Unlike most of Japan’s other major metropolises, Sapporo was set out on a grid system like towns and cities in the USA. Its two main streets are Odori, a wide boulevard that separates the city into north and south; and Ekimae Avenue, which divides the east and west. Odori Park is home to many of the city’s landmarks, such as the Sapporo TV Tower (which looks like a scaled-down Eiffel Tower replica), and the 1920s-built Sapporo City Museum of Art. Other downtown attractions include the Hokkaidō University Botanical Garden and the Old Hokkaidō Government Office Building.
Neon-lit buildings spring to mind when you think of modern Japanese cities at night, and Sapporo doesn’t disappoint. The main entertainment area, Susukino, is described locally as the ‘district that doesn’t sleep’ thanks to its countless bars, restaurants, cafés and clubs. Embrace the local cuisine at Ramen Yokocho, an alleyway in the district’s heart where ramen shops sit shoulder to shoulder. Local varieties of this world-famous noodle dish have been served from these hole-in-the-wall style venues since the middle of the 20th Century. Wash down your broth with a bottle of the city’s native Sapporo lager.
The most northerly of Japan’s main islands has the longest and coldest winters, with Sapporo receiving approximately six metres of snow a year. Held over a week in early February, the Sapporo Snow Festival (Sapporo Yuki Matsuri) is one of the region’s largest celebrations, which attracts over two million people to see intricately carved snow and ice sculptures that are beautifully lit at night. If you’re visiting between the end of November and mid-March, don’t miss the chance to see the White Illuminations – a tradition of decorating major landmarks and parks with hundreds of thousands of white light bulbs that started here and spread across the whole country.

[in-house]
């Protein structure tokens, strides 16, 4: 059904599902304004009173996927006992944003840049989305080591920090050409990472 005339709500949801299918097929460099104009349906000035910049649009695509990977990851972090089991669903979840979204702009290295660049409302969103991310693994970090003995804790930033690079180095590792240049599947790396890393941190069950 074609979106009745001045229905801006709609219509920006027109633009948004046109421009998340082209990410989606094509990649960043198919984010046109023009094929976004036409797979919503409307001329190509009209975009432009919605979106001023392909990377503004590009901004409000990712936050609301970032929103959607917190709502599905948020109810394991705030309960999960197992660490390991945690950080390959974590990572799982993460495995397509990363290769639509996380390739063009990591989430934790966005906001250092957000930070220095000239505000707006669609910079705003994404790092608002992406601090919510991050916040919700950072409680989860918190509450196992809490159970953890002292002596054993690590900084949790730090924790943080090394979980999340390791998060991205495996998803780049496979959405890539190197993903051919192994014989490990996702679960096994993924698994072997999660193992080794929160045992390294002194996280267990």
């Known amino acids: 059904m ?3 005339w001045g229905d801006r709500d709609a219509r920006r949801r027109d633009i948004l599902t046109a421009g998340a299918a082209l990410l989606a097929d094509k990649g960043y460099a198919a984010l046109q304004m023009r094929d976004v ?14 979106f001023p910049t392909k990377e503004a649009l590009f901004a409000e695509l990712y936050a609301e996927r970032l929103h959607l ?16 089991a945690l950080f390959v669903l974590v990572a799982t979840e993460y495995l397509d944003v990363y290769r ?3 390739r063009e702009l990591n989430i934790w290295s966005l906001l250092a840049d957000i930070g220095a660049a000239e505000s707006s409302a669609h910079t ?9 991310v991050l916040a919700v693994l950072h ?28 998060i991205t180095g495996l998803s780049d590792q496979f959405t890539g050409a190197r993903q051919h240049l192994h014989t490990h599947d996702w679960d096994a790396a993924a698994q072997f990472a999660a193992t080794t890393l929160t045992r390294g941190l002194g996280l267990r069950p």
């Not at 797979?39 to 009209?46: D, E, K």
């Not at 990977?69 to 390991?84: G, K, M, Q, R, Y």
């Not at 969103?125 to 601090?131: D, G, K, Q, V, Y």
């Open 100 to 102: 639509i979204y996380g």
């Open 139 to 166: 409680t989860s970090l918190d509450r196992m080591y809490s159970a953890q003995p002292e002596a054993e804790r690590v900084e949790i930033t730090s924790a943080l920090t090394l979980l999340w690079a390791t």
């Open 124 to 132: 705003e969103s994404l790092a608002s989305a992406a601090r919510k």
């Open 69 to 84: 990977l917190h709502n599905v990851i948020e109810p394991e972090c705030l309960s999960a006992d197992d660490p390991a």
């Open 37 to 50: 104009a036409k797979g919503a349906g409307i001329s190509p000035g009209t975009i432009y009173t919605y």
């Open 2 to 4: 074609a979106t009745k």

Hokkaido’s ski resorts are incredibly popular. A few are located near the heart of the city, including Teine Resort (a 1972 Winter Olympics venue), Bankei Ski Area and Mount Moiwa Ski Resort. Even if you don’t ski or snowboard, it’s well worth making an evening visit to the summit of Mount Moiwa to see the city lights – particularly during the White Illuminations.
Due to the region’s long and harsh winters, Sapporo’s cherry blossom season begins a little later than in more southerly cities and towns; ideal if you can’t travel earlier in the spring. On average, the trees tend to blossom in late April and during the first half of May rather than between late March and early to mid-April. Again, Odori Park is one of the best places to see this beautiful awakening of nature – or alternatively, travel to Moerenuma Park on the outskirts of the city.
Sapporo is a great base from which to explore the wider wonders of Hokkaido. Around an hour outside the city, Jozankei is one of the island’s main hot springs resorts and is famous for its breathtaking autumnal landscapes; while just 30 minutes northwest, the charming port city of Otaru is home to a picturesque canal lined with rejuvenated warehouses.
New Chitose Airport is an international airfield located approximately 40 minutes from the city centre. Simply contact one of our team and we can arrange everything you need to charter a private jet to Sapporo.